• ThumbnailAn incredibly busy week, we had the Peter Gray at Spotify event, which was a huge success, I interviewed Tomis and Peter at MNN and generally achieved many firsts regarding ALC media projects, such as a […]

  • ThumbnailFollowing on from the awesome talk that Peter Gray gave at Spotify, Professor Gray visited the ALC with some other friends and guests. Scott Noelle (http://www.enjoyparenting.com), Lenore Skenazy […]

  • ThumbnailAn amazing night, many thanks to Vince for the IT support so we could stream it to our friends from out of town.  
      
      
      

  • ThumbnailTimo introduced me to a new game called Hive. The goal is to surround your opponents Queen Bee with tiles. I’ve played 5 games so far: 1W 1D 3L.

    I was most proud of the draw, because it broke the game. It was […]

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    This is ‘The ALC Network Vision Questionnaire’ that I submitted, it has only been edited for formatted and preserved here for future reference.

    !–more–

    Network Vision Questionnaire

    The ALC Network is […]

    • > The problems and challenges of the 21st Century need to be addressed by people connected to their own power and passions.

      I couldn’t agreem more! I think the use of a Bernie meme is a perfect way to illustrate this. Our culture seems to look to “leaders” who will make change which stems from our schooling which has us following authority figures as they decide our fate. People who understand their own power and agency in this world are the real change makers. This is one of the main features of ALC that drew me in.

      > I’m happy to say that I feel that ALCs generally ask the question of our kids: what are you doing to make your dreams come true?

      I find it hard to articulate this to parents when they ask “how will my child get into college”. We support kids choosing their own path and doing what they need to do to accomplish it. Even if someone doesn’t know what they want to do I feel that they will leave ALC with the knowledge to figure it out when the time is right.

      > To this end the community is developing their own ALF Summer program that will directly service these specific needs and others. This is ‘Network level’ work that is rooted in their needs and on their own initiative.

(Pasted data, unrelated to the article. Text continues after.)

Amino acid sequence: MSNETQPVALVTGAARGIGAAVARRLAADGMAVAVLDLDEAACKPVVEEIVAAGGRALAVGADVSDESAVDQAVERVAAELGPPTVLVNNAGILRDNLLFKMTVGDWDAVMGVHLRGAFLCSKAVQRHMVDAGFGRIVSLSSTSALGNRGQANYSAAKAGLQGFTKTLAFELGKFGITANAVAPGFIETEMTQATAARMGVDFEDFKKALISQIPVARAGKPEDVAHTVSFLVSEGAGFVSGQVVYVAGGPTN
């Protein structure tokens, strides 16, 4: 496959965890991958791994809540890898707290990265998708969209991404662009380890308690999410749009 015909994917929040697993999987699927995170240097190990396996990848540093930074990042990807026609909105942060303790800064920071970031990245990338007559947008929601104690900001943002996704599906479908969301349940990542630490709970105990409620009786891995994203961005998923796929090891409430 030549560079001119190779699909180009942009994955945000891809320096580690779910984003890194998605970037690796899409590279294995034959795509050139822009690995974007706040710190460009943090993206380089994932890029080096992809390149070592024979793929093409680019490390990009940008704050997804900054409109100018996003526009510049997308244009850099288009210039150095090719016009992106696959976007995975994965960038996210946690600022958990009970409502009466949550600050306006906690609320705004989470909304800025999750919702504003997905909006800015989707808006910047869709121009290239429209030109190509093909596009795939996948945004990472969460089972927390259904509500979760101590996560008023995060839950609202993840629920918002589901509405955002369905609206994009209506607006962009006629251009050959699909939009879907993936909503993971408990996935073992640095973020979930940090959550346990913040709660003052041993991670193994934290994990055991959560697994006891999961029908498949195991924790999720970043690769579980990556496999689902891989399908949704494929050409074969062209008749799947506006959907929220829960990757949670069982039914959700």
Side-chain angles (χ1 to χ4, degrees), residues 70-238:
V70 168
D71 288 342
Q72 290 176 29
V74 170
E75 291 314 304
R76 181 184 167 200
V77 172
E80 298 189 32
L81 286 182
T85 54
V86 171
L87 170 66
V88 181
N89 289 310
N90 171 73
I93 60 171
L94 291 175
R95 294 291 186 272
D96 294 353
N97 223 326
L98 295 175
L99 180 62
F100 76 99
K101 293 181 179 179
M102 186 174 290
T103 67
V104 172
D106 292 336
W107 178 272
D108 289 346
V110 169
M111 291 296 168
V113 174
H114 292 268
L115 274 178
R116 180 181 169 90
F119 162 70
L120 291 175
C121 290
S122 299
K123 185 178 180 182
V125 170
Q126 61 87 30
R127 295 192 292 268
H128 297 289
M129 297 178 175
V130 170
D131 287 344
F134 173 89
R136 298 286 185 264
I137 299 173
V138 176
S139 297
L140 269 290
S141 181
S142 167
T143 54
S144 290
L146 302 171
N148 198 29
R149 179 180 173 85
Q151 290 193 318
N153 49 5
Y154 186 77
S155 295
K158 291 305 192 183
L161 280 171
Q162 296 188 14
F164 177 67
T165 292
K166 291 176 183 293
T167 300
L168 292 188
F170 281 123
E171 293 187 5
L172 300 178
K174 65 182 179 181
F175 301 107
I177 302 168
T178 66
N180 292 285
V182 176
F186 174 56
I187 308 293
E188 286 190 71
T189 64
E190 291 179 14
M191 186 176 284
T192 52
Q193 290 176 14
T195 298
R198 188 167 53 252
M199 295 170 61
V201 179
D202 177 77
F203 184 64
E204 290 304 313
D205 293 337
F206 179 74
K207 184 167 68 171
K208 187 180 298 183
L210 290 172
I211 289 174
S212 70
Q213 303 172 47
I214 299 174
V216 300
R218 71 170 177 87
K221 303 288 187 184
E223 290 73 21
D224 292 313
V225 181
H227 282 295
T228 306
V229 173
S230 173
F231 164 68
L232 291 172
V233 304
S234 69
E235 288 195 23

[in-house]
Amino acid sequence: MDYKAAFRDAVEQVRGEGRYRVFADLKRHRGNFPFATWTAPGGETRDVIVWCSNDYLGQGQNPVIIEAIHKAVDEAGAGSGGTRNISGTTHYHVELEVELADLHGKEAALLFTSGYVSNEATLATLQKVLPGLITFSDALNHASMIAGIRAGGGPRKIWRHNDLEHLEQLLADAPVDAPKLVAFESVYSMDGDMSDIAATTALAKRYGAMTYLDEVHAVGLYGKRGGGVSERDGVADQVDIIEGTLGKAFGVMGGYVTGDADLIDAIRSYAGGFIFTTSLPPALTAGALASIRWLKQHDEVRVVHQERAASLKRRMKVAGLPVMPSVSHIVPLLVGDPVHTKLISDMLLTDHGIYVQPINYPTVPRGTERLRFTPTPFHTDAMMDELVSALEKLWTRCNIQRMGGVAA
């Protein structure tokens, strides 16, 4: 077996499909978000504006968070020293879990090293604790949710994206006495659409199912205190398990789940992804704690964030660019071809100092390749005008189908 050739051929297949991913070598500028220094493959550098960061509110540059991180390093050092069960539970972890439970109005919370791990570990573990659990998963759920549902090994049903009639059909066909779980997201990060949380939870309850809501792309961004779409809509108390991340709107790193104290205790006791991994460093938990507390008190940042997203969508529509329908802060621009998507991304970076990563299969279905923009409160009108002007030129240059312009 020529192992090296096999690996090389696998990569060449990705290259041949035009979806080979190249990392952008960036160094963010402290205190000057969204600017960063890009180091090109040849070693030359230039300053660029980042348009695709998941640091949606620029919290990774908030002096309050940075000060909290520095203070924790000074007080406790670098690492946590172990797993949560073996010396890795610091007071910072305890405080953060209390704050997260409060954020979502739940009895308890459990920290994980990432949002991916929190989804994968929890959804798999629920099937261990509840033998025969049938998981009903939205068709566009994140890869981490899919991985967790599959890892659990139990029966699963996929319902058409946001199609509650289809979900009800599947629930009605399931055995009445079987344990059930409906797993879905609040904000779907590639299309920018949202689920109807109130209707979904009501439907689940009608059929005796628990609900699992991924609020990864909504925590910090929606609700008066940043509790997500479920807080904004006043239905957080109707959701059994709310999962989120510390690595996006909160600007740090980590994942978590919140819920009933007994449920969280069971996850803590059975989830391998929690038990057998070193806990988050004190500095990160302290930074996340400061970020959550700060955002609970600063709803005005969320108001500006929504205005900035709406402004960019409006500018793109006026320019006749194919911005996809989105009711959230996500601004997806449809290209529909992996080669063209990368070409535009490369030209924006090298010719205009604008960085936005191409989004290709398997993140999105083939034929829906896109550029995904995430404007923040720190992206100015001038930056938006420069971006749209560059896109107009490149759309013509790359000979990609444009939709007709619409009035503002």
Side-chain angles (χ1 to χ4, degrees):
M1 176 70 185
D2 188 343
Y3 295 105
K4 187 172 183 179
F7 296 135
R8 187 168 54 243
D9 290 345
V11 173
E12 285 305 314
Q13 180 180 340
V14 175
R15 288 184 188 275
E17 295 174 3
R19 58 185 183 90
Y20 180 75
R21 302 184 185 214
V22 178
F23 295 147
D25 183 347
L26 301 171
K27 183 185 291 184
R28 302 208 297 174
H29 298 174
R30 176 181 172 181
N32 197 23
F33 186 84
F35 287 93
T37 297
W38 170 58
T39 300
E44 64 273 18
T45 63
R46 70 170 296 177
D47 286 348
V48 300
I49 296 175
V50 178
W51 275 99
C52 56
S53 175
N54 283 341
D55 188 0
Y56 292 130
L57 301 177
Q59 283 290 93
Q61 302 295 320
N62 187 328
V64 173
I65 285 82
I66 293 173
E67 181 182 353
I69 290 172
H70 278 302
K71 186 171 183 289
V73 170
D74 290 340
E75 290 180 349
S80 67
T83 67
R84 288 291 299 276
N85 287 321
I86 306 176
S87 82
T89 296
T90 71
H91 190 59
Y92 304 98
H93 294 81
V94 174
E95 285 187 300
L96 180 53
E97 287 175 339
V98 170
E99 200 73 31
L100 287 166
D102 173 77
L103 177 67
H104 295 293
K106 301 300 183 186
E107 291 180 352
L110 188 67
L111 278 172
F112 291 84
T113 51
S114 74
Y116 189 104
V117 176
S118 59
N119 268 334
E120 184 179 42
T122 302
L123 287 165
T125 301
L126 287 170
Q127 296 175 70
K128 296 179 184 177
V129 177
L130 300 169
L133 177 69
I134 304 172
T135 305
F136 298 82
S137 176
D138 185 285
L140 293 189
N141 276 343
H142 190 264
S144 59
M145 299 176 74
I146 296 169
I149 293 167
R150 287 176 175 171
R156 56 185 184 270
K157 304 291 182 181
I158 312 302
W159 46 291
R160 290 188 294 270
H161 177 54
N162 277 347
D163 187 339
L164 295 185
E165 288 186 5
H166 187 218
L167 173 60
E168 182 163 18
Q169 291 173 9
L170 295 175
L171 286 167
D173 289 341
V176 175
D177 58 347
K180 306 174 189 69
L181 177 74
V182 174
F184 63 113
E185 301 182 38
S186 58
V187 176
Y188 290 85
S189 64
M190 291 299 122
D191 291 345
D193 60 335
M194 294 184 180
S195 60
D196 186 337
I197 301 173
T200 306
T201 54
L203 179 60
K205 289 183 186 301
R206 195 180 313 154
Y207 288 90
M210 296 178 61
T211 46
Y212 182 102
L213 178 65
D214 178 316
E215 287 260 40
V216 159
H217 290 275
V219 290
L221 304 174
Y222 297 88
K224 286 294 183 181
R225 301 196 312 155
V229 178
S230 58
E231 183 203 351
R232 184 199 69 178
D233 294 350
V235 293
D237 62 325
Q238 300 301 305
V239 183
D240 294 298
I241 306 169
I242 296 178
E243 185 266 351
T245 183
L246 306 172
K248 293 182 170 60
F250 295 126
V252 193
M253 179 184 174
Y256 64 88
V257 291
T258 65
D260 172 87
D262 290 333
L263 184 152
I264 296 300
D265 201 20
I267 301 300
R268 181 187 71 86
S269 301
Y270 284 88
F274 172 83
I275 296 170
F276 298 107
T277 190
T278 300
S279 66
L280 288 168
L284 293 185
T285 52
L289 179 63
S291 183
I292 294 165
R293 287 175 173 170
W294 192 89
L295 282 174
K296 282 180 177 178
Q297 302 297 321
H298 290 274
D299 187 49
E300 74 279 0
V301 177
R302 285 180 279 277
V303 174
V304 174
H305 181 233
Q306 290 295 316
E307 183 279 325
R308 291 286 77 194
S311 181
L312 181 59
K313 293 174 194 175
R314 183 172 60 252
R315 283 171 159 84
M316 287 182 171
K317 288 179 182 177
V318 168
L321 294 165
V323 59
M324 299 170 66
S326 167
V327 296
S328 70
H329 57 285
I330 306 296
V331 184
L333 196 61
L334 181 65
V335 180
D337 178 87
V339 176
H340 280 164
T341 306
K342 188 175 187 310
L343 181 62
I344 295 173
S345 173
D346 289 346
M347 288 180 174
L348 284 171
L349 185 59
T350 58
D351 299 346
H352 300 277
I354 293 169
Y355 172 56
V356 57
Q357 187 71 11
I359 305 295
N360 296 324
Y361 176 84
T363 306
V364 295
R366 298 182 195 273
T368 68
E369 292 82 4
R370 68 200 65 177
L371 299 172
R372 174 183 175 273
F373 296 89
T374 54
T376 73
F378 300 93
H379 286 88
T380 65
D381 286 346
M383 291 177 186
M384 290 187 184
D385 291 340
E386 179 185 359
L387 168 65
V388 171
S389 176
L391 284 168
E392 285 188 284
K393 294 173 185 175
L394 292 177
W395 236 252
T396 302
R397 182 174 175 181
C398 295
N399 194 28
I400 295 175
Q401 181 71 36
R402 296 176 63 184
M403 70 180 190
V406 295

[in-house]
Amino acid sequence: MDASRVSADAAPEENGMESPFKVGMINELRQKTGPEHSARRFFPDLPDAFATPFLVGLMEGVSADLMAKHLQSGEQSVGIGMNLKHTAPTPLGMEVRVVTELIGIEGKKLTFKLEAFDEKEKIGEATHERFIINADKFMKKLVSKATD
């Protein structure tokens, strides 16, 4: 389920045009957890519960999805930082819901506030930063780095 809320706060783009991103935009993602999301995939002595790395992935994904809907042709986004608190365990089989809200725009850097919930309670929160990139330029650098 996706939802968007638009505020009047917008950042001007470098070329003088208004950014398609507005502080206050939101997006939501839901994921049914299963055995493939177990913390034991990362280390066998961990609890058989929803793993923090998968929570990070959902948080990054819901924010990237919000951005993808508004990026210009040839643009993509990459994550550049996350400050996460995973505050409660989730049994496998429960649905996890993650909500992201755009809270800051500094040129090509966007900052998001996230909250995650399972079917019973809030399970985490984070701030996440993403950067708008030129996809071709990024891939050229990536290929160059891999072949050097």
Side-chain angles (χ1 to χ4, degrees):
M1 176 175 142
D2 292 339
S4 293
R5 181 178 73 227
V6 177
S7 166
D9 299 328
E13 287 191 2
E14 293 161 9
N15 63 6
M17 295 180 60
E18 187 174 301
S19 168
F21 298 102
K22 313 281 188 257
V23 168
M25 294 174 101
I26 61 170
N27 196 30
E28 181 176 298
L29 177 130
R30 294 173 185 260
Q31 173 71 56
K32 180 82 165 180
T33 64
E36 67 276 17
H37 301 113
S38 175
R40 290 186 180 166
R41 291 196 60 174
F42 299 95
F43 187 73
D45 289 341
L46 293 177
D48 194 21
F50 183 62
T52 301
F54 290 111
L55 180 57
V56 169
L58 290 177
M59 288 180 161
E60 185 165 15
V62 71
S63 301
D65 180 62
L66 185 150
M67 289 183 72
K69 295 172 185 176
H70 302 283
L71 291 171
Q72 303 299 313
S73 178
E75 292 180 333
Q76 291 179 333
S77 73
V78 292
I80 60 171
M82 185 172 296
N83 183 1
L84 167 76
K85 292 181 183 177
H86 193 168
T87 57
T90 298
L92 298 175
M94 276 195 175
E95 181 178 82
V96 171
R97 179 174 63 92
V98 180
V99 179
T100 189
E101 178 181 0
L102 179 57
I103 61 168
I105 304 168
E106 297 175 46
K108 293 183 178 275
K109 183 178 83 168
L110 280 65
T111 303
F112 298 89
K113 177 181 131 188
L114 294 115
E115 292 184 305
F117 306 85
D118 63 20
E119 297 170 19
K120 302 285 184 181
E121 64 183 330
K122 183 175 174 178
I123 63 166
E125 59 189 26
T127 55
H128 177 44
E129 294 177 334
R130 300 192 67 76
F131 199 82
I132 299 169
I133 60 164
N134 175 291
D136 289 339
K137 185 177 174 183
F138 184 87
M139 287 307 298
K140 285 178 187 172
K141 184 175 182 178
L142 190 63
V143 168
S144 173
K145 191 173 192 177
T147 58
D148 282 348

This is how I see us managing the “scope creep” as communities grow within the ALC Network they can spin off into their own, focused scope. The ability for communities to split from the “main” branch of ALC should be a key part of the Network and further supports a need for a clear scope because it’s hard to split from an amorphous blob!

      > marketing for member schools

      I’m beginning to see the ALC Network as mainly a “marketing coop” which supports members with high level branding support as well as administrative support. Recently on a facilitation call I asked what people wished they had when starting their school and the response was legal and accounting support. Beyond that it’s access to a supportive community. Without the ALC Network to back me up I don’t know how I would have been able to do ALC Everett!

      I love your 5 year vision!

      > I hope that others recognize this diligence as an asset to the ALC project as much as I do.

      Yes! yes! yes!

      > Much like unschooling is un-fortunately defined by a negative.

      I liked @liam‘s interpretation that unschooling is a kind of zen art of moving beyond school rather than opposing it. Though like many things it’s popular definition hounds it.

      @abram this has been a pleasure to read and respond to. I am inspired to submit another vision! We are very lucky to have you playing with us.

    • First off, incredible post, @abram. I’m going to write a second comment, but first a reply.

      Right, John Holt was likely influenced by the “UnCola” ad, but so too was he, and the advertisers that made that ad, influenced by the philosophy of the “Un” as written about by Robert Pirsig and others. Wish I had references to cite here, but . . I don’t The idea is incredibly hard to research online because of it’s wording.